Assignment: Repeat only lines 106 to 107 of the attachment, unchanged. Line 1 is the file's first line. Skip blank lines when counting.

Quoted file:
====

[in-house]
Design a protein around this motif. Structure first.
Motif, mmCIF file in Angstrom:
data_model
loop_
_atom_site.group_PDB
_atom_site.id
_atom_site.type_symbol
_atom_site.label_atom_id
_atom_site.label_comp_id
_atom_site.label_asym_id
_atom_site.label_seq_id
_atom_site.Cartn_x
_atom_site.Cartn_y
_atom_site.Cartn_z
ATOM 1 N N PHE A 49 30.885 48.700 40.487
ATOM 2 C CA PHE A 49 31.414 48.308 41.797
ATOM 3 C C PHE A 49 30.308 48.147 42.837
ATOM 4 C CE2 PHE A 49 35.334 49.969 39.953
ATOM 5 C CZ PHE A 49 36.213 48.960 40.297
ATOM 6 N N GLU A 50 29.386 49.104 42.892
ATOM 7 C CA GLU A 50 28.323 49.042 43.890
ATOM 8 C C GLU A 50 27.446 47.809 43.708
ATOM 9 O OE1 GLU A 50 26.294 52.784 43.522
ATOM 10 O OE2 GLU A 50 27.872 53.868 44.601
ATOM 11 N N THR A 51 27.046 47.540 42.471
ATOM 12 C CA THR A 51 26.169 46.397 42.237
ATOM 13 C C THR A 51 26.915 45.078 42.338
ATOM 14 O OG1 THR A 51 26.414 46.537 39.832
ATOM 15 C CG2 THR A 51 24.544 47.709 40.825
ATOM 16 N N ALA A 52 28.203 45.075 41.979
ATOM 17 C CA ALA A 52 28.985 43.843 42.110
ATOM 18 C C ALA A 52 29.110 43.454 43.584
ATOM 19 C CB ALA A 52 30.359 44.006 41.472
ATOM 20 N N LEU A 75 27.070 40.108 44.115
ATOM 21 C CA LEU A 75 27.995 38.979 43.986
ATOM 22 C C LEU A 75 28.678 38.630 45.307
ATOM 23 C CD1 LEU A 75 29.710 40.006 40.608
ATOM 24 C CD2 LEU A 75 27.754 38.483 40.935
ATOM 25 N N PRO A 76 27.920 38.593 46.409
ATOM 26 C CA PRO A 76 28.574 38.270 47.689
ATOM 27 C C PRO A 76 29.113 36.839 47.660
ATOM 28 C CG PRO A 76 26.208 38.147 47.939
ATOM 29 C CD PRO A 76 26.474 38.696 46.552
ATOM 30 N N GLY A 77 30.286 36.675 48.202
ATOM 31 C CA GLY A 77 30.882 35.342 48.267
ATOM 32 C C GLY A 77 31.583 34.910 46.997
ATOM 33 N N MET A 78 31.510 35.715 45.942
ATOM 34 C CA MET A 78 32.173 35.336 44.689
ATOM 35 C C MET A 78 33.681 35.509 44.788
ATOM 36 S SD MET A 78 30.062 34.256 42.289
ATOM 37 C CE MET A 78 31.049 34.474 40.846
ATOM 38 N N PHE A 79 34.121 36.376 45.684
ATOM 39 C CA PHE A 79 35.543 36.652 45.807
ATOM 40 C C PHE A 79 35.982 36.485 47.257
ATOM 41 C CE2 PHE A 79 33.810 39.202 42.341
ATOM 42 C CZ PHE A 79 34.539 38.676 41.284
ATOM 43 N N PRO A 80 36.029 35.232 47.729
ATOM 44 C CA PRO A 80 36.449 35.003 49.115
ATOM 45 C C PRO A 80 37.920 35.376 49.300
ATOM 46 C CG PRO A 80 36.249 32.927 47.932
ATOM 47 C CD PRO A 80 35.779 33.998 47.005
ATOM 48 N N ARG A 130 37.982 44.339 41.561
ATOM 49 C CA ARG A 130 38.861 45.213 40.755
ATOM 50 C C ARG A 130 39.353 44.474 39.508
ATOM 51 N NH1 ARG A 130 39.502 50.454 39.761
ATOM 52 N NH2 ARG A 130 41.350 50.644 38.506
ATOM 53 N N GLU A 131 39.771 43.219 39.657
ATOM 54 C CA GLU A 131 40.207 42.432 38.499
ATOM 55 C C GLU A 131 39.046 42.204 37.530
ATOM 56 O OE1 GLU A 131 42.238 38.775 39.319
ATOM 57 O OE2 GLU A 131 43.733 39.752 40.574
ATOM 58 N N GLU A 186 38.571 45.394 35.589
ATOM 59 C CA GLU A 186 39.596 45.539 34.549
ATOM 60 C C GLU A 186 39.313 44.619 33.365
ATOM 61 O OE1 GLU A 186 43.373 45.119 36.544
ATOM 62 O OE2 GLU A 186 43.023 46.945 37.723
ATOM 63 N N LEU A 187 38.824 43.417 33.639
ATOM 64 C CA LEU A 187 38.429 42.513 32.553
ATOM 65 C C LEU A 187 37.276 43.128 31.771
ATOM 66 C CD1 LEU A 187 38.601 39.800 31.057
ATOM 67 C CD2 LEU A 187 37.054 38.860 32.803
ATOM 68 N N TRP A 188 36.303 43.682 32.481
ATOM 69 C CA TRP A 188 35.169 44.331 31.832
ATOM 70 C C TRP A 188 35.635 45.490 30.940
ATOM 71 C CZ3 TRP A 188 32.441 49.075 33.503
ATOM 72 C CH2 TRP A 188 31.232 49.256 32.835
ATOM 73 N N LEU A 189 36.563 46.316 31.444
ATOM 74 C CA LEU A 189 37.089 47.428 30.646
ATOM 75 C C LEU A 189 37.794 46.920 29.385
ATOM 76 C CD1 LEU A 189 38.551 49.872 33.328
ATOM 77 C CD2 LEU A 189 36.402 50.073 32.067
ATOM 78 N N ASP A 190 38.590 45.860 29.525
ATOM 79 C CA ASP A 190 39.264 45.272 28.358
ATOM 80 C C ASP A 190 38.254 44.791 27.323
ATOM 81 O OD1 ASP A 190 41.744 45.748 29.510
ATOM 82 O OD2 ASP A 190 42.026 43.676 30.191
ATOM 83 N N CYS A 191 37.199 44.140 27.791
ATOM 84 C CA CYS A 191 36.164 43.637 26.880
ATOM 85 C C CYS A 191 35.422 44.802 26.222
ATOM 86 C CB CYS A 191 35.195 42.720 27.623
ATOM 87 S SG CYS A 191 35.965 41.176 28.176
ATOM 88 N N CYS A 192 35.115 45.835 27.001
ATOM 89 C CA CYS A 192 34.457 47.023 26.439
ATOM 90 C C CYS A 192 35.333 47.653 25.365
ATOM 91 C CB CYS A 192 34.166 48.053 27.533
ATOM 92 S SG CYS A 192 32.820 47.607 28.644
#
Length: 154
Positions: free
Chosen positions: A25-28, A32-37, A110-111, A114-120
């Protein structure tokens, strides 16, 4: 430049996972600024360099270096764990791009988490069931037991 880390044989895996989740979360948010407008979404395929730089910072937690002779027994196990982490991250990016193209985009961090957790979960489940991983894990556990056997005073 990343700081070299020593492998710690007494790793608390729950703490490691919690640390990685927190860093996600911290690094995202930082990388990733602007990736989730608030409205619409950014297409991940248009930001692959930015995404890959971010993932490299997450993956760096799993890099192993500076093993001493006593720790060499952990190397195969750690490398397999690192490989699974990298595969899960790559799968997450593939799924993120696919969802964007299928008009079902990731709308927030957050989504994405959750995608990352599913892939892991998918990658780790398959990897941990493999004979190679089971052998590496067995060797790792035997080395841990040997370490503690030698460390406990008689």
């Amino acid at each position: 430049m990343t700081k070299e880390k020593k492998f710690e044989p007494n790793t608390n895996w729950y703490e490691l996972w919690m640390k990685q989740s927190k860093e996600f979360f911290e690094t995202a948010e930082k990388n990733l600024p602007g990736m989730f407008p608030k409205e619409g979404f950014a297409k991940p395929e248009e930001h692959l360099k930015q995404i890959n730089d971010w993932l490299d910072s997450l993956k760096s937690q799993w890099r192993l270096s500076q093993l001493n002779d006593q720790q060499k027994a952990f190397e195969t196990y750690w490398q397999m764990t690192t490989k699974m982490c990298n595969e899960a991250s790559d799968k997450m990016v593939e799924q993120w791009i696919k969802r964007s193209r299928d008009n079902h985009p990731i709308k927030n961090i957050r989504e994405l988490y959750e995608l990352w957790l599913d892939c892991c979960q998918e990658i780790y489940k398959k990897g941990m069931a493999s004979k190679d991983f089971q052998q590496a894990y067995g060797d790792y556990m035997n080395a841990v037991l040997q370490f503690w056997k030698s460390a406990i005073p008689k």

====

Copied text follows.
ATOM 91 C CB CYS A 192 34.166 48.053 27.533
ATOM 92 S SG CYS A 192 32.820 47.607 28.644